Alcohol use is rising among women of all ages, and even more so during COVID seclusion.
Whether they were in-person or now on Zoom, have you noticed that all women’s gatherings—even children’s birthday parties and fitness events—now include alcohol? The normalizing of everyday alcohol consumption has happened slowly and somewhat sneakily, but it has definitely happened.
If you’ve noticed, and it doesn’t quite sit right with you—or your body—you’re not alone. What does this mean for women’s health?
According to the National Institute on Alcohol Abuse & Alcoholism (NIAAA), 1) more women are drinking, 2) they’re drinking at increasing rates, and 3) it’s worrisome because alcohol affects women more profoundly than it does men. For instance, women are more likely to experience hangovers, blacking out, and liver inflammation from excessive alcohol consumption.
So, what defines excessive?
Paul Ratté, ND, of Northwestern Health Sciences University, notes that many of his female patients think that two drinks per day is moderate drinking. “But for women, it’s one drink per day, or seven drinks per week. Anything more than that is technically excessive and increases your risk for adverse health effects.”
It gets confusing, notes Dr. Ratté, because moderate alcohol use has been associated with a protective effect on cardiovascular disease, diabetes, and cognitive decline. But his concern is that this recommendation justifies excessive drinking behavior.
Also a concern: What kind of data is it?
“I call it sort-of-science,” says Dr. Ratté. “The best data come from a randomized control trial showing cause and effect. That’s not going to happen with drinking alcohol. So what we have are survey data showing a moderate protective effect. Well, we also have survey data showing a negative effect, like an increase in liver disease and breast cancer. Needless to say, I’m not going to recommend that a patient drink (abstain from?) alcohol. But I am going to recommend cutting back.”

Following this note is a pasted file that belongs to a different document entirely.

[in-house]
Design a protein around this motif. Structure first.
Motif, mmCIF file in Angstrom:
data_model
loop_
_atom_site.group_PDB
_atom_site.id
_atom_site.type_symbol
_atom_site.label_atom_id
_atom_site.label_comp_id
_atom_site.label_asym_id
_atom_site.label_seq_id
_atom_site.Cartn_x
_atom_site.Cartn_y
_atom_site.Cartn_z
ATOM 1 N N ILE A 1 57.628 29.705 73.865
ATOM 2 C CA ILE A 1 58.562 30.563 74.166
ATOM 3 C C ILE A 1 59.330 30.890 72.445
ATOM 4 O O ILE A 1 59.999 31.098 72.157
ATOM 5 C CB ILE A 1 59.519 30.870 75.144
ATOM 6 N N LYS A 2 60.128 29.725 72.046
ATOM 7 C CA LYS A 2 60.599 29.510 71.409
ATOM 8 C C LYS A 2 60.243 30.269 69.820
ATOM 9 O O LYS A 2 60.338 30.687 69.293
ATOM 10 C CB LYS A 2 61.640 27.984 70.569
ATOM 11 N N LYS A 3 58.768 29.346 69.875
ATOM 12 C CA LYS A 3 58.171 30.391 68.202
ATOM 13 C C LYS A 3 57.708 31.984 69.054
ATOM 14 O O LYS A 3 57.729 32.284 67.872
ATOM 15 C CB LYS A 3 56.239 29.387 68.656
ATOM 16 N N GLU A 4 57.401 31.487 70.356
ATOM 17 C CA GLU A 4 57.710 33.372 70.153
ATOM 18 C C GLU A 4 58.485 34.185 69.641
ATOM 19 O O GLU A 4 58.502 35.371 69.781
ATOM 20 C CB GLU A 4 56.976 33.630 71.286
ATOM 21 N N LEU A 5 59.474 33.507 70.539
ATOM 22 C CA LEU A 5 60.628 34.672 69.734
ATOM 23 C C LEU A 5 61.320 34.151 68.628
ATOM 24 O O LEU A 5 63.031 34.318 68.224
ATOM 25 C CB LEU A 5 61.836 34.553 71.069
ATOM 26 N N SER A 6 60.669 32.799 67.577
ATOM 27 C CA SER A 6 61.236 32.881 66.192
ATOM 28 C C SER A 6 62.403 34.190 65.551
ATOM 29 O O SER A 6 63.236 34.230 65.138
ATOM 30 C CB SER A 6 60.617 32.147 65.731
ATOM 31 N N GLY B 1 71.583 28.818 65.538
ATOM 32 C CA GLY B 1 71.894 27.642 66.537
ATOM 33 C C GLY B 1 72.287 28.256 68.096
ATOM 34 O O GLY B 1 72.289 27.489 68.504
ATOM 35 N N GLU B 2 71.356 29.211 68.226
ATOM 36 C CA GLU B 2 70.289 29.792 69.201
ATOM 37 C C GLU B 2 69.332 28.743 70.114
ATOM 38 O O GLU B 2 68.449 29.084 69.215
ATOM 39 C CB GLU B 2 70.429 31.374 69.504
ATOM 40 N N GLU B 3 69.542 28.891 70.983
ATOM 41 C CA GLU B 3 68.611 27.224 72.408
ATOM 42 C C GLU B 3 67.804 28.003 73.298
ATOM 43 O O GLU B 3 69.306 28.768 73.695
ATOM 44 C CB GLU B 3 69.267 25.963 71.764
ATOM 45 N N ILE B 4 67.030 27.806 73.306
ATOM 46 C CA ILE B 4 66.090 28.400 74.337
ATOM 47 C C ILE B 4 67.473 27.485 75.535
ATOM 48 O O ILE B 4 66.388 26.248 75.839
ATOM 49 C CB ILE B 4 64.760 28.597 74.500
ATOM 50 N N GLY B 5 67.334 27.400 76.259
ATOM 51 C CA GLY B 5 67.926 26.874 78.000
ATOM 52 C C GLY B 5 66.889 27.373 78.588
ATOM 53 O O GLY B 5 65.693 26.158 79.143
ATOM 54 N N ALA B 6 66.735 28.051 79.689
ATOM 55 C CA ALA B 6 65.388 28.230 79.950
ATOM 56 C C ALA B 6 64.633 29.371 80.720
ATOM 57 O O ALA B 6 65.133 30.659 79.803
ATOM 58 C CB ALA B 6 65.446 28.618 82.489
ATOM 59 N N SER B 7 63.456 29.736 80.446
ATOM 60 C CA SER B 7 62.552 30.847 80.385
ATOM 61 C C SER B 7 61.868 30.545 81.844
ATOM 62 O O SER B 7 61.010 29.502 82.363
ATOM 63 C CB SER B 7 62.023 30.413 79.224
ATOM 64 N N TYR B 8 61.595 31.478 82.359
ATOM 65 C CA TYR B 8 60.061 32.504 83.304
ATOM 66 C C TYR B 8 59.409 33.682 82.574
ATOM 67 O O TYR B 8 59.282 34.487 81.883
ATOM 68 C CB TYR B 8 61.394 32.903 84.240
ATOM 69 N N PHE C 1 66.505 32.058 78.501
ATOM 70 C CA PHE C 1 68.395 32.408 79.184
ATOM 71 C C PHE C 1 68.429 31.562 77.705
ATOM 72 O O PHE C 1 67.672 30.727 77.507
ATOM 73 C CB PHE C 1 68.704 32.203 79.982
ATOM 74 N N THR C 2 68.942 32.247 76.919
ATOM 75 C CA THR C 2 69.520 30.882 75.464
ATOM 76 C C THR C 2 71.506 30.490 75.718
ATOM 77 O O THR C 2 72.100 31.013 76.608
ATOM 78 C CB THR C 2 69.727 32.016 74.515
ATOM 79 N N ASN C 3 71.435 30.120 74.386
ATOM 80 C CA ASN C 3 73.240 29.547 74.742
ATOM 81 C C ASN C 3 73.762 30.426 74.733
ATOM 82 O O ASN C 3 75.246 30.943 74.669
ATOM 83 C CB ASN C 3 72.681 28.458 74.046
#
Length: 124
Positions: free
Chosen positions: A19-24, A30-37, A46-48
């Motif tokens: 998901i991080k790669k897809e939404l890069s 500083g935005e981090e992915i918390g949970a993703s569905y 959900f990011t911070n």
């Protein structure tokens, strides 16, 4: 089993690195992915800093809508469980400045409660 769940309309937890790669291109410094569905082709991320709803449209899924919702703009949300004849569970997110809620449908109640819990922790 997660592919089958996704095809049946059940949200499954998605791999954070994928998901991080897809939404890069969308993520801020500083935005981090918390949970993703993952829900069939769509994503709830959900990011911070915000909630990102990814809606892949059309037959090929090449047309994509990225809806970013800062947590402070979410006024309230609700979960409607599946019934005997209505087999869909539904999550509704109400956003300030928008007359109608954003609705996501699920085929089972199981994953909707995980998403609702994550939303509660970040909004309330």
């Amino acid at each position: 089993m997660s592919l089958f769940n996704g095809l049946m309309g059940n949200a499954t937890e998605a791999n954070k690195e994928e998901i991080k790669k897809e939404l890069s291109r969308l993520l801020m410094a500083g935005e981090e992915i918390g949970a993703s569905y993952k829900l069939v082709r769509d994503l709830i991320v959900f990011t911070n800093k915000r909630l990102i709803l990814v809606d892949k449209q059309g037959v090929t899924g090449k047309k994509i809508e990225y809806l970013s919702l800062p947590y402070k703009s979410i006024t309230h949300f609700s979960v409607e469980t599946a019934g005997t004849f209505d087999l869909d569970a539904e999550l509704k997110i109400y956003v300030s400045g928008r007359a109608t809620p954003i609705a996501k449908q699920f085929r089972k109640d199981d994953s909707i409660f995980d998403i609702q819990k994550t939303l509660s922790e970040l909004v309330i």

“All alcohol impairs liver function, to varying degrees depending on the individual, and can exacerbate digestive and hormonal symptoms as women enter their 40s.” Paul Ratté, ND, of Northwestern Health Sciences University
Also confusing are the mixed messages we all receive about what “normal” drinking is. From Facebook memes celebrating Mommy Juice (a.k.a. wine) to coping-with-pandemic Zoom happy hours, it can feel like daily drinking is the norm and that it’s part of everyone’s fun and healthy lifestyle. But there’s a dark side to the apparent fun—and it comes to the detriment of women.
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The opinions expressed in this post are those of the authors. They do not purport to reflect the opinions or views of the FASD Prevention Conversation Project, its stakeholders, or funders.